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2013年5月17日

  • Make sure operator= is well-behaved when an object is assigned to itself. Techniques include comparing addresses of source and target objects, careful statement ordering, and copy-and-swap.

  • Make sure that any function operating on more than one object behaves correctly if two or more of the objects are the same.

posted @ 2013-05-17 15:00 魏尚堂 阅读(60) | 评论 (0)编辑 收藏

This is only a convention; code that doesn't follow it will compile. However, the convention is followed by all the built-in types as well as by all the types in  the standard library (e.g., string, vector, complex, tr1::shared_ptr, etc.). Unless you have a good reason for doing things differently, don't.

posted @ 2013-05-17 12:06 魏尚堂 阅读(56) | 评论 (0)编辑 收藏

base class constructors execute before derived class constructors, derived class data members have not been initialized when base class constructors run. If virtual functions called during base class construction went down to derived classes, the derived class functions would almost certainly refer to local data members, but those data members would not yet have been initialized.Calling down to parts of an object that have not yet been initialized is inherently dangerous, so C++ gives you no way to do it.

#include <iostream>
#include <string>
#include <cstdlib>
void print(std::string str){std::cout << str<< std::endl;}
class Transaction {
    public:
        Transaction()
        {
            print("Transaction Constructor");
            logTransaction();
        }
        virtual void logTransaction() const // =0;
        {
            print("Transaction Log");
        }
};
class BuyTransaction: public Transaction
{
    public:
        BuyTransaction(){   print("BuyTransaction Constructor");}
        virtual void logTransaction() const
        {
            print("BuyTransaction Log");
        }
};
int main()
{
    BuyTransaction dbc;
    //dbc.logTransaction();
}
pure virtual functions cannot link.
[shangtang@BTSOM-1 study]$ g++ TestT.cpp
TestT.cpp: In constructor 'Transaction::Transaction()':
TestT.cpp:14: warning: abstract virtual 'virtual void Transaction::logTransaction() const' called from constructor
/tmp/ccXFzaHv.o: In function `Transaction::Transaction()':
TestT.cpp:(.text._ZN11TransactionC2Ev[Transaction::Transaction()]+0x7f): undefined reference to `Transaction::logTransaction() const'
collect2: ld returned 1 exit status
virtual function can compile, run, but with surprise result
[shangtang@BTSOM-1 study]$ ./a.out
Transaction Constructor
Transaction Log
BuyTransaction Constructor

The only way to avoid this problem is to make sure that none of your constructors or destructors call virtual functions on the object being created or destroyed and that all the functions they call obey the same constraint.

posted @ 2013-05-17 11:27 魏尚堂 阅读(109) | 评论 (0)编辑 收藏

Depending on the precise conditions under which such pairs of simultaneously active exceptions arise, program execution either terminates or yields undefined behavior. In this example, it yields undefined behavior.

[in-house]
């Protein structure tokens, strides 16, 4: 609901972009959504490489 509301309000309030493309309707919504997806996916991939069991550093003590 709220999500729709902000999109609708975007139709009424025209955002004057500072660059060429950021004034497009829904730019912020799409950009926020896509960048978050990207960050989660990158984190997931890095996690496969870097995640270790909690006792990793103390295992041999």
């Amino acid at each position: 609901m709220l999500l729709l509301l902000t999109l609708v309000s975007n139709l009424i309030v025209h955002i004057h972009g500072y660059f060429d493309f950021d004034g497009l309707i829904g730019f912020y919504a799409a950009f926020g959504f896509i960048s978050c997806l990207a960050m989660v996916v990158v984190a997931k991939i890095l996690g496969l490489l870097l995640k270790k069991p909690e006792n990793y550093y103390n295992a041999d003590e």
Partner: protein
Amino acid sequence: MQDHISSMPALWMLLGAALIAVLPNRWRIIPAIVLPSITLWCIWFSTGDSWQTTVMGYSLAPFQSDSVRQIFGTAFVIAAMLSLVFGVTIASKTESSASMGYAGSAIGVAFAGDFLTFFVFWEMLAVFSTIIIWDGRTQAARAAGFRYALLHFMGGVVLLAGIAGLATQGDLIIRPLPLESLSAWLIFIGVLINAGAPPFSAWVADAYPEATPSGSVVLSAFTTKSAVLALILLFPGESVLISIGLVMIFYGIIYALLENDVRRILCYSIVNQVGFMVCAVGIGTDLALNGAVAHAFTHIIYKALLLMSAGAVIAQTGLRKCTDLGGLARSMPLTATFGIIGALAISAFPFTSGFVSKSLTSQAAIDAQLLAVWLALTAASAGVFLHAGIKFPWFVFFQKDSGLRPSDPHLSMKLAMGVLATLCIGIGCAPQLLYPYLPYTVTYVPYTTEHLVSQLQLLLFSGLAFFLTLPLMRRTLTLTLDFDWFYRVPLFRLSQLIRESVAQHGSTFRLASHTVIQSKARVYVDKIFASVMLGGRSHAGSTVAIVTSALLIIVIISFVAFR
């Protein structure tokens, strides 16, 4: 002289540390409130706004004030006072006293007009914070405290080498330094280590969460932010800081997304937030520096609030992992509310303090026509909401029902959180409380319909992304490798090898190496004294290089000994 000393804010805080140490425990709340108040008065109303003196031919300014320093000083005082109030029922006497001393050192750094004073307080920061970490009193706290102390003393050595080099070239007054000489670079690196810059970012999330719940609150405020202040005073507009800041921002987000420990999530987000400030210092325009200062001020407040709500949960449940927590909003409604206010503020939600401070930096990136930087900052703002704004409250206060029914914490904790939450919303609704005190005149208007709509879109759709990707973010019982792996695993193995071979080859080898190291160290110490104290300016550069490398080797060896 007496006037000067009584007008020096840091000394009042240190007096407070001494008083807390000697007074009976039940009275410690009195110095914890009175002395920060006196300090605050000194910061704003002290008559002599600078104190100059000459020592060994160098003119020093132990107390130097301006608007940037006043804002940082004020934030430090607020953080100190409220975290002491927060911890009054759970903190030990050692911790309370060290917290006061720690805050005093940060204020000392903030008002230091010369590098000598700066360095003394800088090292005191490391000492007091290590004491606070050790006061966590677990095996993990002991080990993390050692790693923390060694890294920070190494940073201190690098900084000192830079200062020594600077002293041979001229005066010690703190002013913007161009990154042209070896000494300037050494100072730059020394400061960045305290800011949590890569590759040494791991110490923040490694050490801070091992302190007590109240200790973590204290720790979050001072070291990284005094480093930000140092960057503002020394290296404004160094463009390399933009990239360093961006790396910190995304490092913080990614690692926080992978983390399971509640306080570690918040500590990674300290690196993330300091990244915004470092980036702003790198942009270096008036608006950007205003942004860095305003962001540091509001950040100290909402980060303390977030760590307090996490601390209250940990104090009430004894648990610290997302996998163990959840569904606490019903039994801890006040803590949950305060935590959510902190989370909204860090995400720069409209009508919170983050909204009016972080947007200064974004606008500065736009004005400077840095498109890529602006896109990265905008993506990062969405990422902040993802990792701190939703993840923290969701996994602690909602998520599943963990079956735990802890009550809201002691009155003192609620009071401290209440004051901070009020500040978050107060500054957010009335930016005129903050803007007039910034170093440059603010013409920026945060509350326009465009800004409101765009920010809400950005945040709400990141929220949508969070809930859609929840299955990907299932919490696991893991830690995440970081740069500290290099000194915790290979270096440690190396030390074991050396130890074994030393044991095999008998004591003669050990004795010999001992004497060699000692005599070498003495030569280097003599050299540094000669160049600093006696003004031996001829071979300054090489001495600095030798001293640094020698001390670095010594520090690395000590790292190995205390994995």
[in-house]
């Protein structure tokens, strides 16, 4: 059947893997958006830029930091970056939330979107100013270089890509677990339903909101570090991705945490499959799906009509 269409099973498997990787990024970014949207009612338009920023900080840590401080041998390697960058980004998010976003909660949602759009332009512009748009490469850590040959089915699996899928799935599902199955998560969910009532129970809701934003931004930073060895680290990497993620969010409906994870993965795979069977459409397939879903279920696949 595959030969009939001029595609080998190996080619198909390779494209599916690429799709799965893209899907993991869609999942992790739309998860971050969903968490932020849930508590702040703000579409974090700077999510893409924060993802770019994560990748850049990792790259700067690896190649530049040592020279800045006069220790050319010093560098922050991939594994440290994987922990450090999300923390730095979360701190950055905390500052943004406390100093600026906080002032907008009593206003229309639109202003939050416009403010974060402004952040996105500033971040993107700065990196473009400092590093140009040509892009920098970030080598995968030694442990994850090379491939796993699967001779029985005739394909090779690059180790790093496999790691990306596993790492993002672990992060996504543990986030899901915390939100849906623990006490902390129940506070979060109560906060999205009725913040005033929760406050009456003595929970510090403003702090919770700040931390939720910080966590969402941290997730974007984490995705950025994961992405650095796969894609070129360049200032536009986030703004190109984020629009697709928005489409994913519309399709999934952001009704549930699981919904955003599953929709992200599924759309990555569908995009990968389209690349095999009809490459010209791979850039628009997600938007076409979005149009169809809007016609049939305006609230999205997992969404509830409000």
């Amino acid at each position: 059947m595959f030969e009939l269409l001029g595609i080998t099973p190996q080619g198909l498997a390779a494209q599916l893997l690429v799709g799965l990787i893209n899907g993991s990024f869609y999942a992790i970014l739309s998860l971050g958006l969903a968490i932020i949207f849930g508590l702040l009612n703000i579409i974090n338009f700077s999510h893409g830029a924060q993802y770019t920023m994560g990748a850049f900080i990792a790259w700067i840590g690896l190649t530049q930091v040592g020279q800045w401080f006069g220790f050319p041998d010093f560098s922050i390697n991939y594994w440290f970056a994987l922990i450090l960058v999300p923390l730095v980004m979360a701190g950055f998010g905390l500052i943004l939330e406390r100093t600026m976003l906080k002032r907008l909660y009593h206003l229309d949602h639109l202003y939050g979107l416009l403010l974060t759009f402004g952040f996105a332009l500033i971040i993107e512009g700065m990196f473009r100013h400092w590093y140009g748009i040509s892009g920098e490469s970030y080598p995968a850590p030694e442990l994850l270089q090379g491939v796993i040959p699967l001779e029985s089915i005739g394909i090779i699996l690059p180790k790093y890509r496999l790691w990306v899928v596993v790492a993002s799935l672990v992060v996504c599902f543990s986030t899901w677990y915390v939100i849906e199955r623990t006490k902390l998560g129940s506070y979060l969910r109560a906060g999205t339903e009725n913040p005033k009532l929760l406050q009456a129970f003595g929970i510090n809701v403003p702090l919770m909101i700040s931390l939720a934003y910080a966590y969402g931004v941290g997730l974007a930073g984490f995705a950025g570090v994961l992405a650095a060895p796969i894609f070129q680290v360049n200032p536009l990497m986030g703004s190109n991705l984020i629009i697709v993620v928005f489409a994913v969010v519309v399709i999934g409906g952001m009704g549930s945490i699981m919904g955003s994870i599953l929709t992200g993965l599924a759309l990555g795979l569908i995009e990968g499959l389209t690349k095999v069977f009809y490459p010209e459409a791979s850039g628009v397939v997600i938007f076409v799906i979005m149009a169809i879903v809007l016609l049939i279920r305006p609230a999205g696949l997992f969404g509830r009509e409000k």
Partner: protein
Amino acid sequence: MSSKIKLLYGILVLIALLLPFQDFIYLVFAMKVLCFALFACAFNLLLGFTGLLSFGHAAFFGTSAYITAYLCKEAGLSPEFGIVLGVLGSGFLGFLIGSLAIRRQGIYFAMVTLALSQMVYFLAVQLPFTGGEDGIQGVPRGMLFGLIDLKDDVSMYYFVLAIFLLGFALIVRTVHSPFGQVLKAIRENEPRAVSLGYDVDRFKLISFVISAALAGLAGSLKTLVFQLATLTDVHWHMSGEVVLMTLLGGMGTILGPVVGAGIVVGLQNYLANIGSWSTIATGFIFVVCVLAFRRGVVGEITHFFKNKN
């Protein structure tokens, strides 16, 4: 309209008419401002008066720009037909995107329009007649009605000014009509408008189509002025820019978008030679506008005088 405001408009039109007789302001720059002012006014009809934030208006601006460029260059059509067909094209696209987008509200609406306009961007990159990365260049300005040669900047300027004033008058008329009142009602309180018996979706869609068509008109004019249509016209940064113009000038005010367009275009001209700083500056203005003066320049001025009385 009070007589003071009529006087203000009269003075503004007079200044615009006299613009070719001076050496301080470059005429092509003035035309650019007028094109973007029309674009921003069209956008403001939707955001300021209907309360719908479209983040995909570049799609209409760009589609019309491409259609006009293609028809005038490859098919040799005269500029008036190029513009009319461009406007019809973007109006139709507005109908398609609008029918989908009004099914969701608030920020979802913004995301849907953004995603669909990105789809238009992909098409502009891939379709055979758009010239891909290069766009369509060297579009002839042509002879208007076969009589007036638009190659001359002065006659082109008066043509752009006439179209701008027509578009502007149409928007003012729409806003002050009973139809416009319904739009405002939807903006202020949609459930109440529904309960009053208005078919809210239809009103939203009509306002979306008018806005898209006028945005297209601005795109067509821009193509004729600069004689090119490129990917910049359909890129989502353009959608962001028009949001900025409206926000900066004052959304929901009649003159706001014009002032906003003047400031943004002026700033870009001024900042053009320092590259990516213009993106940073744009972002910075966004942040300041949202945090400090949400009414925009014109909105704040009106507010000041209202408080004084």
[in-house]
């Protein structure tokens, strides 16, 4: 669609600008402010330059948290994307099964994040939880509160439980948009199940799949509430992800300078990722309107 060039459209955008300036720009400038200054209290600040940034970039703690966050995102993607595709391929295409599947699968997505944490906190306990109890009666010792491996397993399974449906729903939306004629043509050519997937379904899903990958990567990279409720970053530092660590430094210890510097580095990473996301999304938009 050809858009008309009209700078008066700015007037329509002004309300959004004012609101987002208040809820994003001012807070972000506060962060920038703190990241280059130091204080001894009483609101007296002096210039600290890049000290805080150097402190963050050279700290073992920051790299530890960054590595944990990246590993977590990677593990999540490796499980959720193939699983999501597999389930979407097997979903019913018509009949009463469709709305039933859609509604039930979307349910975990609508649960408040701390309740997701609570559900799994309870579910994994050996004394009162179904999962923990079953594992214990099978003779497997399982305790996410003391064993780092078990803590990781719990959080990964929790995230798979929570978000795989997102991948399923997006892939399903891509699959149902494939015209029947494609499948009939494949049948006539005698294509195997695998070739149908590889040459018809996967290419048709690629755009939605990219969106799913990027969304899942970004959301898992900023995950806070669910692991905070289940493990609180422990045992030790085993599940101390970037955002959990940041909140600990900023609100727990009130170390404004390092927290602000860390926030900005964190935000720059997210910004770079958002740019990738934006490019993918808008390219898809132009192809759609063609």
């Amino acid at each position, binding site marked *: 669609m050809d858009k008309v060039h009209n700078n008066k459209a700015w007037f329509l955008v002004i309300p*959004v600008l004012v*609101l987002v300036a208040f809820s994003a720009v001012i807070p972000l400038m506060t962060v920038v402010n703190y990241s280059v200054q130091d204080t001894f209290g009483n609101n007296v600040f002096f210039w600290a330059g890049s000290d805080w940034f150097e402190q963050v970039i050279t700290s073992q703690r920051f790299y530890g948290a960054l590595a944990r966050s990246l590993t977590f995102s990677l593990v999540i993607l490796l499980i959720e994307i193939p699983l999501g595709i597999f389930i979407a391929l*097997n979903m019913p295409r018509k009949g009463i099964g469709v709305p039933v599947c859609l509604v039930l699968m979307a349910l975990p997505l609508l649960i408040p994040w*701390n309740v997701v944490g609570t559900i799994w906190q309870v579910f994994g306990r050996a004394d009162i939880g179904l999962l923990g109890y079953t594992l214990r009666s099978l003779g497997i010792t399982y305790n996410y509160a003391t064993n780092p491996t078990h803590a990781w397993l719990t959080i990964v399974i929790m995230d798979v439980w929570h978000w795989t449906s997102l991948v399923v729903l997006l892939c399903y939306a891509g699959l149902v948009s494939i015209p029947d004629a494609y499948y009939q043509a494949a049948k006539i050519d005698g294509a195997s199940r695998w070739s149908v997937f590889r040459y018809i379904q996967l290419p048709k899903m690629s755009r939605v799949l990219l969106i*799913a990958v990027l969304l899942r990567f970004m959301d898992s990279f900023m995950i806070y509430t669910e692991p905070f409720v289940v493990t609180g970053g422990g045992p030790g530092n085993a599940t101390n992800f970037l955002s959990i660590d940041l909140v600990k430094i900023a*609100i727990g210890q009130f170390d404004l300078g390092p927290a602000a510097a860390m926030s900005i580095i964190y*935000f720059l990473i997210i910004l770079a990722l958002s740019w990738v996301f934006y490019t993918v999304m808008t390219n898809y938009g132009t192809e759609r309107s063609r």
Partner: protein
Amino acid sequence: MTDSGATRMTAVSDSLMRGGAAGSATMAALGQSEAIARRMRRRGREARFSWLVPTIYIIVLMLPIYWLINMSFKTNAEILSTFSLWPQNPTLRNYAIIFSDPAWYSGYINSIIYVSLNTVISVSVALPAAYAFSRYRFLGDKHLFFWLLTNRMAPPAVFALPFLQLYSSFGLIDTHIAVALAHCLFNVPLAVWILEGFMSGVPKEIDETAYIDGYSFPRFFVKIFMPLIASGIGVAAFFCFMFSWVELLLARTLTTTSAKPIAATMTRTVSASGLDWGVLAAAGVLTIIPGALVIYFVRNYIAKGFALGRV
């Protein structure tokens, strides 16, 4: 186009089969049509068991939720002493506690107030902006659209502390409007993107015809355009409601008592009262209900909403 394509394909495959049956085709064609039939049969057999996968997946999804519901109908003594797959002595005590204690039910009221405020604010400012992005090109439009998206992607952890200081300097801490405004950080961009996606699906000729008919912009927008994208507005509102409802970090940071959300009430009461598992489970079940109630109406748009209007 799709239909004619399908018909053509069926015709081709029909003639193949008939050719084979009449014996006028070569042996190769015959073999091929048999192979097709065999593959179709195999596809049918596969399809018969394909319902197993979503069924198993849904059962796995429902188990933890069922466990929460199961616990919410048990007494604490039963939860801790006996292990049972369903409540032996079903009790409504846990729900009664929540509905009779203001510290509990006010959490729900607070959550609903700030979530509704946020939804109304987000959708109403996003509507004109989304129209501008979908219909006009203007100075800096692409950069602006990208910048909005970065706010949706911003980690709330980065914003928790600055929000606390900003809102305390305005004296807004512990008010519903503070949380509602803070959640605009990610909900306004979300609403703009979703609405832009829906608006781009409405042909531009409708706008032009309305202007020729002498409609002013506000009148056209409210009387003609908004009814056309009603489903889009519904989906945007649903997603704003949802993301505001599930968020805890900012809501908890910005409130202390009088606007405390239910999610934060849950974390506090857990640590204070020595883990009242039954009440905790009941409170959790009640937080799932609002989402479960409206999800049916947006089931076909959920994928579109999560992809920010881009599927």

C++ does not like destructors that emit exceptions!
#include <iostream>
#include <vector>
struct Exception
{
    Exception(){std::cout << "Exception Constructor" << std::endl;}
    ~Exception(){std::cout << "Exception Destructor" << std::endl;}
};
class Widget {
public:
  ~Widget() {std::cout << "Widget Destructor" << std::endl; throw Exception();
  }        //this might emit an exception
  void print(){std::cout << "print" << std::endl;}
};
                
void doSomething();
int main()
{
    doSomething();
}
void doSomething()
{
  std::vector<Widget> v;
  v.push_back(Widget());
  v.push_back(Widget());
  v.push_back(Widget());
  v.push_back(Widget());
  std::vector<Widget>::iterator it = v.begin();
  while(it != v.end())
  {
    std::cout << "end" << std::endl;
    (*it).print();
    it++;
  }
}
complie with g++
[shangtang@BTSOM-1 study]$ ./a.out
Widget Destructor
Exception Constructor
terminate called after throwing an instance of 'Exception'
Aborted (core dumped)
There are two primary ways to avoid the trouble.

   1, Terminate the program if catch a exception, typically by calling std::abort (cstdlib)
  2, 
Swallow the exception if catch a exception, print a log

posted @ 2013-05-17 10:56 魏尚堂 阅读(60) | 评论 (0)编辑 收藏

2013年5月13日

1, Declare destructors virtual in polymorphic base classes
why ? because C++ specifies that when a derived class object is deleted through a pointer to a base class with a non-virtual destructor, results are undefined.What typically happens at runtime is that the derived part of the object is never destroyed

2, if a class is not intended to be a base class, making the destructor virtual is usually a bad idea. 
why?  if a class have virtual functions, it has extra overhead(vptr).

3, In fact, many people summarize the situation this way: declare a virtual destructor in a class if and only if that class contains at least one virtual function

4,Sometimes, however, you have a class that you'd like to be abstract, but you don't have any pure virtual functions.
solution: declare pure virtual destructor.
There is one twist, however you must provide a definition for the pure virtual destructor, or linker will complain.

5, Not all base classes are designed to be used polymorphically. Neither the standard string type, for example, nor the STL container typesare designed to be base classes at all, much less polymorphic ones.


 
 

posted @ 2013-05-13 14:45 魏尚堂 阅读(105) | 评论 (0)编辑 收藏

2013年1月24日

thinking in c++ 有下面的例子,不太理解为什么这个宏中的条件表达式在编译时就执行了,在此作个记号

// A simple, compile-time assertion facility
#define STATIC_ASSERT(x) \
   do { typedef int a[(x) ? 1 : -1]; } while(0)

int main()
{